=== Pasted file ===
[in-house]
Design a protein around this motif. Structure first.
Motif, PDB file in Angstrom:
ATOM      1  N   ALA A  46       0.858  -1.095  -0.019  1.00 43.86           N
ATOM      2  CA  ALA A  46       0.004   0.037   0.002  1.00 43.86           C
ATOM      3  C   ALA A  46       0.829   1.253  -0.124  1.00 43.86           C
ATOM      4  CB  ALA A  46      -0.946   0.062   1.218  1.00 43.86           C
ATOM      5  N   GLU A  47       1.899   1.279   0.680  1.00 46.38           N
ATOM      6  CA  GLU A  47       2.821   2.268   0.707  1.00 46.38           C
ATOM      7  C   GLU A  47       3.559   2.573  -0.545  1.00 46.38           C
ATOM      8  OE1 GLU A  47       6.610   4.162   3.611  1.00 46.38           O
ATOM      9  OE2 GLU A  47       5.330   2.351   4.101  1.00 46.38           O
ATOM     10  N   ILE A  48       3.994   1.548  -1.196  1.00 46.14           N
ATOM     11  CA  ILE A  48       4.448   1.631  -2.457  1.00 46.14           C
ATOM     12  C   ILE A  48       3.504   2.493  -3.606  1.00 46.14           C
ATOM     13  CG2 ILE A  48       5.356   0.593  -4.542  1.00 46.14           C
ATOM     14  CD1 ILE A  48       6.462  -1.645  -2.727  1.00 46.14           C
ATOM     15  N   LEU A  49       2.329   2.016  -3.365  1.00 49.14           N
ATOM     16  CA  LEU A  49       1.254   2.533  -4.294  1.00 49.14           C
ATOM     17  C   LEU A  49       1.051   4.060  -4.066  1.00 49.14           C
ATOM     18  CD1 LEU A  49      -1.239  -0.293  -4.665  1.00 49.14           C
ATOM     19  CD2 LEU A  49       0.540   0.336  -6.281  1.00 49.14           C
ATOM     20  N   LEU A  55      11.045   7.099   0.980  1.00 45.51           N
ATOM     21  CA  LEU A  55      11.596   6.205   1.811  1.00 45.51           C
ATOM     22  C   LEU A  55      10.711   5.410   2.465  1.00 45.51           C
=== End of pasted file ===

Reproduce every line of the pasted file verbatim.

[in-house]
Design a protein around this motif. Structure first.
Motif, PDB file in Angstrom:
ATOM      1  N   ALA A  46       0.858  -1.095  -0.019  1.00 43.86           N
ATOM      2  CA  ALA A  46       0.004   0.037   0.002  1.00 43.86           C
ATOM      3  C   ALA A  46       0.829   1.253  -0.124  1.00 43.86           C
ATOM      4  CB  ALA A  46      -0.946   0.062   1.218  1.00 43.86           C
ATOM      5  N   GLU A  47       1.899   1.279   0.680  1.00 46.38           N
ATOM      6  CA  GLU A  47       2.821   2.268   0.707  1.00 46.38           C
ATOM      7  C   GLU A  47       3.559   2.573  -0.545  1.00 46.38           C
ATOM      8  OE1 GLU A  47       6.610   4.162   3.611  1.00 46.38           O
ATOM      9  OE2 GLU A  47       5.330   2.351   4.101  1.00 46.38           O
ATOM     10  N   ILE A  48       3.994   1.548  -1.196  1.00 46.14           N
ATOM     11  CA  ILE A  48       4.448   1.631  -2.457  1.00 46.14           C
ATOM     12  C   ILE A  48       3.504   2.493  -3.606  1.00 46.14           C
ATOM     13  CG2 ILE A  48       5.356   0.593  -4.542  1.00 46.14           C
ATOM     14  CD1 ILE A  48       6.462  -1.645  -2.727  1.00 46.14           C
ATOM     15  N   LEU A  49       2.329   2.016  -3.365  1.00 49.14           N
ATOM     16  CA  LEU A  49       1.254   2.533  -4.294  1.00 49.14           C
ATOM     17  C   LEU A  49       1.051   4.060  -4.066  1.00 49.14           C
ATOM     18  CD1 LEU A  49      -1.239  -0.293  -4.665  1.00 49.14           C
ATOM     19  CD2 LEU A  49       0.540   0.336  -6.281  1.00 49.14           C
ATOM     20  N   LEU A  55      11.045   7.099   0.980  1.00 45.51           N
ATOM     21  CA  LEU A  55      11.596   6.205   1.811  1.00 45.51           C
ATOM     22  C   LEU A  55      10.711   5.410   2.465  1.00 45.51           C